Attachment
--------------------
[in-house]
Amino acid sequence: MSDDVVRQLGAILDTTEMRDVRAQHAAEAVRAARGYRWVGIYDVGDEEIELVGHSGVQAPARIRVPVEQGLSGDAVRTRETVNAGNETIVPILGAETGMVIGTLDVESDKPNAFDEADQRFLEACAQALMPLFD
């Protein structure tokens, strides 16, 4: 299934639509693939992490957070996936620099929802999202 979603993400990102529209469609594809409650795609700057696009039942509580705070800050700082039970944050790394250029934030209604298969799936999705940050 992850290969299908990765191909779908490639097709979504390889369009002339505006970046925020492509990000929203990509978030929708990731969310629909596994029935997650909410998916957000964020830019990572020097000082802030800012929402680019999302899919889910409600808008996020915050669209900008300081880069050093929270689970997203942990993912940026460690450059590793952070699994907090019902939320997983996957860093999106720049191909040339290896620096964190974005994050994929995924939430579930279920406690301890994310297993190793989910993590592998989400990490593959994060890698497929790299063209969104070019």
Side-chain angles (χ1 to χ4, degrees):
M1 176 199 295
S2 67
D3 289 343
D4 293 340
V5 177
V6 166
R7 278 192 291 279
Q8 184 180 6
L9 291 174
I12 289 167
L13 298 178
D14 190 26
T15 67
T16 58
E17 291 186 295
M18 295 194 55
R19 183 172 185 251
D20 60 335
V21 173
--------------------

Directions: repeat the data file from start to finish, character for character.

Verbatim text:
[in-house]
Amino acid sequence: MSDDVVRQLGAILDTTEMRDVRAQHAAEAVRAARGYRWVGIYDVGDEEIELVGHSGVQAPARIRVPVEQGLSGDAVRTRETVNAGNETIVPILGAETGMVIGTLDVESDKPNAFDEADQRFLEACAQALMPLFD
């Protein structure tokens, strides 16, 4: 299934639509693939992490957070996936620099929802999202 979603993400990102529209469609594809409650795609700057696009039942509580705070800050700082039970944050790394250029934030209604298969799936999705940050 992850290969299908990765191909779908490639097709979504390889369009002339505006970046925020492509990000929203990509978030929708990731969310629909596994029935997650909410998916957000964020830019990572020097000082802030800012929402680019999302899919889910409600808008996020915050669209900008300081880069050093929270689970997203942990993912940026460690450059590793952070699994907090019902939320997983996957860093999106720049191909040339290896620096964190974005994050994929995924939430579930279920406690301890994310297993190793989910993590592998989400990490593959994060890698497929790299063209969104070019």
Side-chain angles (χ1 to χ4, degrees):
M1 176 199 295
S2 67
D3 289 343
D4 293 340
V5 177
V6 166
R7 278 192 291 279
Q8 184 180 6
L9 291 174
I12 289 167
L13 298 178
D14 190 26
T15 67
T16 58
E17 291 186 295
M18 295 194 55
R19 183 172 185 251
D20 60 335
V21 173